Magazine article The Spectator

The Leader Who Followed

Magazine article The Spectator

The Leader Who Followed

Article excerpt

The Tragedy of Liberation:

A History of the Chinese Revolution, 1945-1957 by Frank Dikotter Bloomsbury, £25, pp. 400, ISBN 978408837573 The historian of China Frank Dikotter has taken a sledgehammer to demolish perhaps the last remaining shibboleth of modern Chinese history. This is the notion, propagated in countless books and documentaries, that Mao's regime started off well, deservedly coming to power on a wave of popular support and successfully tackling the evils left behind by the corrupt and incompetent Nationalists. Then, at the end of the 1950s, it all started to go wrong. There were terrible natural disasters, followed by famine; and, seemingly unaccountably, the brotherhood of brave revolutionaries fell out, creating the bloodbath of the Cultural Revolution. This is the version still served up to A-level students in Britain.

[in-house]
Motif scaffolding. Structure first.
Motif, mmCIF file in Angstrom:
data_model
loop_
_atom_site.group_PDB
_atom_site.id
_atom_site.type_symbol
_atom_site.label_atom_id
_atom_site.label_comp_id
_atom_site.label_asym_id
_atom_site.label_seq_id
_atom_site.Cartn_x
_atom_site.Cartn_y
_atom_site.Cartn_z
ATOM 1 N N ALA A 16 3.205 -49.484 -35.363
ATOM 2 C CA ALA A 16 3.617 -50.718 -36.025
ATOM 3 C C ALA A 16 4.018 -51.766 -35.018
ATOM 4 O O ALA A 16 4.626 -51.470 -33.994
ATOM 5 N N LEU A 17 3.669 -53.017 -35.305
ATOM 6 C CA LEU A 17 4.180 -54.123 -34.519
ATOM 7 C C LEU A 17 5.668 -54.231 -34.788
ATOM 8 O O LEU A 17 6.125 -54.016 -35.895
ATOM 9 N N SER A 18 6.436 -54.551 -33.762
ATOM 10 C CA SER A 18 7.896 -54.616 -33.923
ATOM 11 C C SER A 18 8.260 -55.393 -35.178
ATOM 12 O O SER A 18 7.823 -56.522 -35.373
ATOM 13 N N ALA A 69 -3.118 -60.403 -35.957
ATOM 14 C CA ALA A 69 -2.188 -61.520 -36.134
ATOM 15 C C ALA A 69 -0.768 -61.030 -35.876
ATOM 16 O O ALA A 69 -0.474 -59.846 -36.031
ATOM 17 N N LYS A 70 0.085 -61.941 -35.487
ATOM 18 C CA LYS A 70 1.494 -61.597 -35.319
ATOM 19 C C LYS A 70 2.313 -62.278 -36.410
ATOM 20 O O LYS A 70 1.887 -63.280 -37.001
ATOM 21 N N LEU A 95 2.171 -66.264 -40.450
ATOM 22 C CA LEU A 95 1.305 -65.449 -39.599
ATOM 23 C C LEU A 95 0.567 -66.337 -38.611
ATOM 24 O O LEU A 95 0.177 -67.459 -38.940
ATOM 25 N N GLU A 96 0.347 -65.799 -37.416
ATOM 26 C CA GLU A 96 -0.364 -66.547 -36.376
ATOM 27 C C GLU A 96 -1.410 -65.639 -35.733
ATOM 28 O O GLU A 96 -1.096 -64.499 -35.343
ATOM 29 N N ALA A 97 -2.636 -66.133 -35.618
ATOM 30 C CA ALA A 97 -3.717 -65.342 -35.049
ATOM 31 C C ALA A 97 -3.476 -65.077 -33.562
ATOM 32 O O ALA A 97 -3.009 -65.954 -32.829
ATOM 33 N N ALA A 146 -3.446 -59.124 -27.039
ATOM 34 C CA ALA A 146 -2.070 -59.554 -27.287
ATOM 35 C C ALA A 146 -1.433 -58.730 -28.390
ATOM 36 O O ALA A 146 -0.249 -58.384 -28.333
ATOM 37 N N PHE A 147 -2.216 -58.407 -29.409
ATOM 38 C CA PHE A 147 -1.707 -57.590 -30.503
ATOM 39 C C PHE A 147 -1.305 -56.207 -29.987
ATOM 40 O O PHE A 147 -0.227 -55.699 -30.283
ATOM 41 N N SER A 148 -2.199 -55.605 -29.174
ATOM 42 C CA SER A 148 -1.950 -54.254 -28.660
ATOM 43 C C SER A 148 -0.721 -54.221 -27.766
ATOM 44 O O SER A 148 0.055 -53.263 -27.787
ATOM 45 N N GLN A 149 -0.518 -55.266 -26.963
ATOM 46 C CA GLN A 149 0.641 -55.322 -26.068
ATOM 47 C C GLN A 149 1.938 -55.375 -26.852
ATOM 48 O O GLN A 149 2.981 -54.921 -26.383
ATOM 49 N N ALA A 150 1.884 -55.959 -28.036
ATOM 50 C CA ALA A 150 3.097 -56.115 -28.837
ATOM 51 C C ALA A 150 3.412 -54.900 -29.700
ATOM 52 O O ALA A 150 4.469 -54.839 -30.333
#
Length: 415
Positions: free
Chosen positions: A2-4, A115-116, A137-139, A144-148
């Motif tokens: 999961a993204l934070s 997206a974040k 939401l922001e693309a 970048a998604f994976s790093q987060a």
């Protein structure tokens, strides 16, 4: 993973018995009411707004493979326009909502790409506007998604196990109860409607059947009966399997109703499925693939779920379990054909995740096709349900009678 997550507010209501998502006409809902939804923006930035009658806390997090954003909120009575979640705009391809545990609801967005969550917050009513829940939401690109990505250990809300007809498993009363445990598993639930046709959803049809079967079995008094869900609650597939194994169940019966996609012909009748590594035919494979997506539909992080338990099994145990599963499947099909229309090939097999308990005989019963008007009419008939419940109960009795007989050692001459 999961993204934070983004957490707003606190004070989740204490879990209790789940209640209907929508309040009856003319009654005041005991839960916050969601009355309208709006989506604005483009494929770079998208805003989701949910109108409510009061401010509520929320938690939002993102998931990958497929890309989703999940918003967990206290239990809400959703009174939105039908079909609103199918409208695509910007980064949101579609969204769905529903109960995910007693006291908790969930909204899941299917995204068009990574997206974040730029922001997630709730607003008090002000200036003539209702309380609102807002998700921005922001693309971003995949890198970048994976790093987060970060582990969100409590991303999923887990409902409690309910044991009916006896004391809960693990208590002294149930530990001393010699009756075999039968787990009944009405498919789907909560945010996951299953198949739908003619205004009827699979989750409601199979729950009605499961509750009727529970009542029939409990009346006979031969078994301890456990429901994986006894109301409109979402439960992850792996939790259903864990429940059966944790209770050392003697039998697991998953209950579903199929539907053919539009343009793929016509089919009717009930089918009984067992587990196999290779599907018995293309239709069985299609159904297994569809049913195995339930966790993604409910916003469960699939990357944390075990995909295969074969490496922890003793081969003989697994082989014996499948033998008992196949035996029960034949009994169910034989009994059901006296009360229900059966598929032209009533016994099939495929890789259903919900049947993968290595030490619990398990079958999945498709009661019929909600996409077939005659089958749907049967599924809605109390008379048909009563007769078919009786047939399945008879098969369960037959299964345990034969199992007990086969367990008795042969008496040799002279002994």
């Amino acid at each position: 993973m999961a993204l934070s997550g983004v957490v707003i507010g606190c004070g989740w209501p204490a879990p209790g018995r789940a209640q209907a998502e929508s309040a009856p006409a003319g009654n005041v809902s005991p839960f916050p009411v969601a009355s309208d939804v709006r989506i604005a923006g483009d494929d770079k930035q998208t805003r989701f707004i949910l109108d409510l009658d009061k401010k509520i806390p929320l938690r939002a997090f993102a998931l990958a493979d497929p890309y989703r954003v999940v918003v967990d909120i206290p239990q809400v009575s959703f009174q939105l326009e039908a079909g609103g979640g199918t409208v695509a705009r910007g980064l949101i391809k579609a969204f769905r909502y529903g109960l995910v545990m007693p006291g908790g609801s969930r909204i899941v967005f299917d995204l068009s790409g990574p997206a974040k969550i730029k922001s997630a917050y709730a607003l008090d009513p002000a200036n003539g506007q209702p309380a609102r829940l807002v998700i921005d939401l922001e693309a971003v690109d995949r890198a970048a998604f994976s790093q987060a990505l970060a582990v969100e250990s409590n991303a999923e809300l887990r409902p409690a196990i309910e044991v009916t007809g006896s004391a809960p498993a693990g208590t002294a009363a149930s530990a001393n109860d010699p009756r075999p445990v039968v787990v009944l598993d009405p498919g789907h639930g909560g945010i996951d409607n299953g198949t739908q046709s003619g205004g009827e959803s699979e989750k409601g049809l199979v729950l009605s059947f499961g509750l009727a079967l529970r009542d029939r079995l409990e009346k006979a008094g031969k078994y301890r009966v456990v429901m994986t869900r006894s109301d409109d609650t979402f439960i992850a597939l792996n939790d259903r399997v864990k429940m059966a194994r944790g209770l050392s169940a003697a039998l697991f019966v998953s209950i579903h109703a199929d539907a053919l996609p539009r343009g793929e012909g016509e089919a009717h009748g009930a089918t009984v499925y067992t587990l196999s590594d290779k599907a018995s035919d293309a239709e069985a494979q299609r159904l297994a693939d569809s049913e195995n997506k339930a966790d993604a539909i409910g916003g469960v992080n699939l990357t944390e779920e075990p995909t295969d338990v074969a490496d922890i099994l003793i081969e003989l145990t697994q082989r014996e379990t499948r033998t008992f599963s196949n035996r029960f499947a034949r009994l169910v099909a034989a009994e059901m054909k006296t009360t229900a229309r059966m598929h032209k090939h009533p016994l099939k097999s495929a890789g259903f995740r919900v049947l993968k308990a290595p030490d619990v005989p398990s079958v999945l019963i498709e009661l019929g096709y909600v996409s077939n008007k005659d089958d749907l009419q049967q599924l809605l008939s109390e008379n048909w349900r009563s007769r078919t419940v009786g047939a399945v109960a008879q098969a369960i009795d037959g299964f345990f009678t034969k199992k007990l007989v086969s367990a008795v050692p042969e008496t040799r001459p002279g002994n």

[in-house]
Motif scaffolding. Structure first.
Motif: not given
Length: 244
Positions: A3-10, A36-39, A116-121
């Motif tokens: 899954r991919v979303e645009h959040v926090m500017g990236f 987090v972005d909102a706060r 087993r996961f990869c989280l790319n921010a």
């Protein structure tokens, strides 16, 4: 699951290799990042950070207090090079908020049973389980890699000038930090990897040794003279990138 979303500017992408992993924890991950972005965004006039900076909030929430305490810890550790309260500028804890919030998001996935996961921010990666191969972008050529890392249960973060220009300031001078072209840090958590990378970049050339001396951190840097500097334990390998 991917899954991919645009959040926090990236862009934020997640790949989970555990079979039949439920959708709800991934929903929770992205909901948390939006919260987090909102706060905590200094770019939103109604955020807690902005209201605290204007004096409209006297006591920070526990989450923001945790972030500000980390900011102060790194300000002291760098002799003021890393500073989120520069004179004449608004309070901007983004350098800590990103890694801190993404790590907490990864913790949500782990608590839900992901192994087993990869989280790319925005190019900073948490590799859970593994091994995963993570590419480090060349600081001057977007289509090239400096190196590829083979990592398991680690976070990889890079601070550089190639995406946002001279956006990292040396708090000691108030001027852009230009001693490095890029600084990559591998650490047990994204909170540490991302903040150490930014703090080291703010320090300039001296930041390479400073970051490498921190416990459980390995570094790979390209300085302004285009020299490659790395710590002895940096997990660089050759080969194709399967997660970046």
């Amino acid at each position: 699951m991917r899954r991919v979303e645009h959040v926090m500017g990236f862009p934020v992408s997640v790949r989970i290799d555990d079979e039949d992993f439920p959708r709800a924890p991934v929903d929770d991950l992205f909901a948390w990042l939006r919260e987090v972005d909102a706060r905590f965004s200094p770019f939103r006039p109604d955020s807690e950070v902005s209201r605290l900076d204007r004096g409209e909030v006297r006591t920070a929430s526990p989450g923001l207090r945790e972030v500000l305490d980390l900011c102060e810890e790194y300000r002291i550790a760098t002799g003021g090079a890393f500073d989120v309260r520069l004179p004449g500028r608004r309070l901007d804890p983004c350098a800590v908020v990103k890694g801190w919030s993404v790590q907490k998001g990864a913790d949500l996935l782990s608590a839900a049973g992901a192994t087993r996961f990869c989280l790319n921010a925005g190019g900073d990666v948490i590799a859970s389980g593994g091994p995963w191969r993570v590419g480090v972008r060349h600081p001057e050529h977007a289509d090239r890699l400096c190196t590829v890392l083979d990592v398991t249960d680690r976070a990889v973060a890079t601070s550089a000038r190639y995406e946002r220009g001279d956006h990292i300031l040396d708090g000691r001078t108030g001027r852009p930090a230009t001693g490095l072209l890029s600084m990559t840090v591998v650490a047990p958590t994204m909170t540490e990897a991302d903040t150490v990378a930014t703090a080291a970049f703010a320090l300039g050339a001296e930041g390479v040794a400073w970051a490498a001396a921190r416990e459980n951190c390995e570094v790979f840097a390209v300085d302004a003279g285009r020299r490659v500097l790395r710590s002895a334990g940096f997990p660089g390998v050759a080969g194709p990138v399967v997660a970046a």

But slowly it is now becoming accepted that the famine of the Great Leap Forward, which killed around 40 million, was a monstrous man-made catastrophe. Dikotter has already helped to establish this in his book Mao's Great Famine, by virtue of his diligent research into local and provincial archives. He has now used the same technique to uncover the truth about the years during which Mao fought his way to power and established the new regime. Drawing on a huge variety of documents, he quotes leaders, officials, intellectuals, factory workers and peasants to create a very different and much more plausible account of the socalled Golden Age.

The Tragedy of Liberation serves as reminder of the ruinous failure of American (and other) experts properly to comprehend both the nature of the communist triumph - a Soviet-backed military conquest - and its disastrous record in government. This should be recognised as one of the great scandals of academic life, on a par with the gross overestimation of the Soviet economy during the Cold War. After all, the Americans effectively fought and lost three costly wars with the Chinese communists - in China before 1949, in Korea, and finally the long proxy war in Vietnam. And some believe the Chinese leaders still consider themselves engaged in a long-term war with America.

Dikotter bluntly states in his first paragraph that the story of the liberation of revolution is 'first and foremost a history of calculated terror and systematic violence'. …

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